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High Court orders urgent hearing of challenge to reduced benefit cap

The High Court has granted permission to four lone parent families who
challenge the reduced benefit cap, introduced by the Welfare Reform and
Work Act 2016.

In 2013 a ‘benefit cap’ was introduced to limit the total amount in
benefits that “workless” working-age people can receive, even if their full
entitlement to benefits would otherwise be higher. This was introduced by
Regulations made under the Welfare Reform Act 2012. The benefit cap was
set at £26,000 per annum (£500 per week) for all households other than
those consisting of a single adult – i.e. this was the cap level for
couples with no children, for couples with children, and for lone parents,
regardless of the number of children in their family. The cap did not apply
if the benefit claimant worked sufficient hours to obtain Working Tax
Credit, i.e. 16 hours per week in the case of lone parents.

Recently, the cap has been lowered, with the new annual limit reduced to
£20,000 per annum (£384.62 per week) for families (couples without
children, couples with children, and lone parents) across England, Scotland
and Wales, apart from Greater London where the limit is set at £23,000 for
families (£442.31 per week). The revised scheme has been in force since 7
November 2016.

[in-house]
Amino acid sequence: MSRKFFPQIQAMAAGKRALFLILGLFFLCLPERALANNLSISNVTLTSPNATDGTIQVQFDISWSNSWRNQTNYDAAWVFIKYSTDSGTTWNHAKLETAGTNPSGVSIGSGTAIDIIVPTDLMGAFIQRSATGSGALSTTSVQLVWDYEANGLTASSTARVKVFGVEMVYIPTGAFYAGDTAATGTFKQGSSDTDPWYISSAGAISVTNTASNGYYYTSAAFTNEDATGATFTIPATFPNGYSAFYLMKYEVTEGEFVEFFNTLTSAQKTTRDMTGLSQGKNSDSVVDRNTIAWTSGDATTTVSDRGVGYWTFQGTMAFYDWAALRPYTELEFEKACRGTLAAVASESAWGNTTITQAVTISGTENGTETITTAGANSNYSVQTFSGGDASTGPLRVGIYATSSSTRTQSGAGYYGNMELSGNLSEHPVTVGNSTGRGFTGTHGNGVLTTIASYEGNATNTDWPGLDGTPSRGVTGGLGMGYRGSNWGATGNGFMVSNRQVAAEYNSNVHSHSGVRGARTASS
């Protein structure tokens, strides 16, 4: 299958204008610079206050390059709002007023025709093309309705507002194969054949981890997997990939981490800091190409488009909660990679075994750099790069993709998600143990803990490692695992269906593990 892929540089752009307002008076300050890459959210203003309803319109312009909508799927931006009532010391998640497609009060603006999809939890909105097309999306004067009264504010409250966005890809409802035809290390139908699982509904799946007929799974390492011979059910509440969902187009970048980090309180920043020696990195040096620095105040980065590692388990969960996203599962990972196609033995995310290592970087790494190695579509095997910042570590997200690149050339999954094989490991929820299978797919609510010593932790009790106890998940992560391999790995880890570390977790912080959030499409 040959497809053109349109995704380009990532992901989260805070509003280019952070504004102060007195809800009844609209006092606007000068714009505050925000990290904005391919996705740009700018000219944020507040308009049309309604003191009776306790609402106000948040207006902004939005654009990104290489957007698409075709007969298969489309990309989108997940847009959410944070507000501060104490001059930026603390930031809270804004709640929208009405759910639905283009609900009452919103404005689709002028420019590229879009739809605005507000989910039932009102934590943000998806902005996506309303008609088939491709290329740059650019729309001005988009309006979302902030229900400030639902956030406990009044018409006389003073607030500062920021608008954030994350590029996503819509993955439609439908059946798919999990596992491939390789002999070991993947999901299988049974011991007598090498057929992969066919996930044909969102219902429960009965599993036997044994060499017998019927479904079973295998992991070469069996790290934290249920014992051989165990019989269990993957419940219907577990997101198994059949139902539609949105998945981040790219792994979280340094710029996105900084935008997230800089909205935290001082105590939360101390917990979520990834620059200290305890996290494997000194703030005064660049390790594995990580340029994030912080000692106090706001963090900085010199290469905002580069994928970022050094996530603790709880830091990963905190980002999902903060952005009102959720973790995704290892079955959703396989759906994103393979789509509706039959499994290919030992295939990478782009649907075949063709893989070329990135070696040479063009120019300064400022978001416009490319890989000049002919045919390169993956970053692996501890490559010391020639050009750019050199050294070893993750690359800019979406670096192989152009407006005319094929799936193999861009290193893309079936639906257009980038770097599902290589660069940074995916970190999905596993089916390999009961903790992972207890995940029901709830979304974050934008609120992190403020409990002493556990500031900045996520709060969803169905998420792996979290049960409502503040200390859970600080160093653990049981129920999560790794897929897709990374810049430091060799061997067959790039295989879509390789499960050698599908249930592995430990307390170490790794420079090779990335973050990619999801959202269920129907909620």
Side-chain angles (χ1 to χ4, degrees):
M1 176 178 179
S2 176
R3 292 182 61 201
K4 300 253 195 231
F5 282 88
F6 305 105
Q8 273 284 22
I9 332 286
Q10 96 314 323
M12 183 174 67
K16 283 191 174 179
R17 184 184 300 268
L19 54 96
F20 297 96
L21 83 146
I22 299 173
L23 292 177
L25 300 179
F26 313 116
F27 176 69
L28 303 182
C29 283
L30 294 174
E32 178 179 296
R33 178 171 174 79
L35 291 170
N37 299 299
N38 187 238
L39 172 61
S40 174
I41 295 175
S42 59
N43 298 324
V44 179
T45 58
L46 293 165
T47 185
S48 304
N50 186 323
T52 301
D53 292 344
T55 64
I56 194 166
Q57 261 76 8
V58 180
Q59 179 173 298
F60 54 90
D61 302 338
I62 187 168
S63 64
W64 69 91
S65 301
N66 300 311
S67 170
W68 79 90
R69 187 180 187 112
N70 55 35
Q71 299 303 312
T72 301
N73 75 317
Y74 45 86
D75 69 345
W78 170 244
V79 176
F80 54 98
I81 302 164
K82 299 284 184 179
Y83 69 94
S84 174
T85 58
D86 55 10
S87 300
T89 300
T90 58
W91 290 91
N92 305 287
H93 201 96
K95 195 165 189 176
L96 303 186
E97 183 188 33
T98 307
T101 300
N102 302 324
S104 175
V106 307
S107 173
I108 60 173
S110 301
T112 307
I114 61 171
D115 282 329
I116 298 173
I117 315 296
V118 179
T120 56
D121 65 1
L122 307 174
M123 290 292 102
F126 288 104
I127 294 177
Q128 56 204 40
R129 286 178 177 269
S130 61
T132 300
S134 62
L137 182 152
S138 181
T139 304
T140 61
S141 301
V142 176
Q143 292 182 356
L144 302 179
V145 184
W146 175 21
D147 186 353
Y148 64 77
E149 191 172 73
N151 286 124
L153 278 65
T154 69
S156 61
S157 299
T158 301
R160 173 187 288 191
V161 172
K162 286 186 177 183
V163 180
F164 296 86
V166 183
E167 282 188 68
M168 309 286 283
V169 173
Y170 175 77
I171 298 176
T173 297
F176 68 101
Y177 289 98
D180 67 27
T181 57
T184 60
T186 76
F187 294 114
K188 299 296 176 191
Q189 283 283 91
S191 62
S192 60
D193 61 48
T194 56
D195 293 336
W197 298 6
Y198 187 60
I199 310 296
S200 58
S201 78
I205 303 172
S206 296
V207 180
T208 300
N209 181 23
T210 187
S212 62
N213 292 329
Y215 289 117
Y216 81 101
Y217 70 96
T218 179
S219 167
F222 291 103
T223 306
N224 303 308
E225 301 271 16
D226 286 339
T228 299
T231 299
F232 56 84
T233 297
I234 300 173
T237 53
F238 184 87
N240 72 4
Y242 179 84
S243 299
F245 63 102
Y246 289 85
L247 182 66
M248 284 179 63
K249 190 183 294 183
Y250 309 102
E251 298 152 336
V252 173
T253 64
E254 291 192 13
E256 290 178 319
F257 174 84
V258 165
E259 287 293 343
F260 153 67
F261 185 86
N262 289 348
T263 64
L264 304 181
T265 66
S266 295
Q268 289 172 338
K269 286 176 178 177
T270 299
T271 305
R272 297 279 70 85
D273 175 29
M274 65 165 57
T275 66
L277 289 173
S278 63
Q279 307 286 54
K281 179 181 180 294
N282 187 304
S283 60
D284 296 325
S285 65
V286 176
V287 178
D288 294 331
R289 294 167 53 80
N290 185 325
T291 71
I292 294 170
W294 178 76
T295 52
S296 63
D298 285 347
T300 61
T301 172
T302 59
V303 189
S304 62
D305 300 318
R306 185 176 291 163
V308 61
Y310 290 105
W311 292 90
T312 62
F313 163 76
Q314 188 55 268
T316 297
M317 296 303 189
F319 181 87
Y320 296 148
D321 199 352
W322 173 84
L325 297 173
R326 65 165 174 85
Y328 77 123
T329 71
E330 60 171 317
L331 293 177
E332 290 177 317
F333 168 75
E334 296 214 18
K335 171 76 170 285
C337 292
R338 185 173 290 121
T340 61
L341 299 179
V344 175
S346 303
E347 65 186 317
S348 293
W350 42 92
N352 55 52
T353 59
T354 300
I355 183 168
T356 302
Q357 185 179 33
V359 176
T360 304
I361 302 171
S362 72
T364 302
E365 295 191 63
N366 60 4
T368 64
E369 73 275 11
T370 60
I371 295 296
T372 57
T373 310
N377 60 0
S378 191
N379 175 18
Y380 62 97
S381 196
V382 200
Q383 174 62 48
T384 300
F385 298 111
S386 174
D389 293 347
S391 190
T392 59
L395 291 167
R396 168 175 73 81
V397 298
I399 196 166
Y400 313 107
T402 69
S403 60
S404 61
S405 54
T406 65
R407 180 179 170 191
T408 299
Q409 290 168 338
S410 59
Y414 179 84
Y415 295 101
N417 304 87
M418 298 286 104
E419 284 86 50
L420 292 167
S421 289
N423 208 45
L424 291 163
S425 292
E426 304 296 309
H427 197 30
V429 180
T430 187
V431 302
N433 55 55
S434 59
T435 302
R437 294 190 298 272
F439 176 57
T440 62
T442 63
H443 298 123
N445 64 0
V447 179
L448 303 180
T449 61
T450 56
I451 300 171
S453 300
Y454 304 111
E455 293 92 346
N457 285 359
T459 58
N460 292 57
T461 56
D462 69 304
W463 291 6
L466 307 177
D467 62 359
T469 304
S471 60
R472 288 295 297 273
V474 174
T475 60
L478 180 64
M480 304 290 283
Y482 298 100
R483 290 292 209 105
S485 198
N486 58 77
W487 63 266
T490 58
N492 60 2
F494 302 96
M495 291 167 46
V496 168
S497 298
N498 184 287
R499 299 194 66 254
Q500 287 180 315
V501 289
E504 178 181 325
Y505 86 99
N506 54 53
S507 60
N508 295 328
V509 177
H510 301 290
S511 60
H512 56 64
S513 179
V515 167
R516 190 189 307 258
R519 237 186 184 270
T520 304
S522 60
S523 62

Rebekah Carrier of Hopkin Murray Beskine acts for four lone parent families
for whom the reduced benefit cap has, or will have, severe effects. They
are lone parents with children under the age of two, and their dependent
children, and a lone parent who is heavily pregnant. The Secretary of
State recognises that lone parents of very young children under two should
not be expected to work, and free childcare for low income families starts
only when children reach the age of two. However, no exemption to the
benefit cap has been made for this group. This is despite there being
numerous exemptions to the cap which recognise the difficulties faced by
some groups in securing minimum 16 hours work per week, and the particular
vulnerabilities of other groups. The Claimants contend that the Secretary
of State’s failure to exempt them from the benefit cap has a profound
impact upon them and others in a similar position, and is discriminatory
and unlawful.

This week, the High Court has rejected the Secretary of State’s submissions
that the claim should be halted. Instead, Mr Justice Morris has ruled that
the claim has a “realistic prospect of success” and that it must be heard
urgently. The full hearing will take place in May 2017.

Published On: February 24, 2017|

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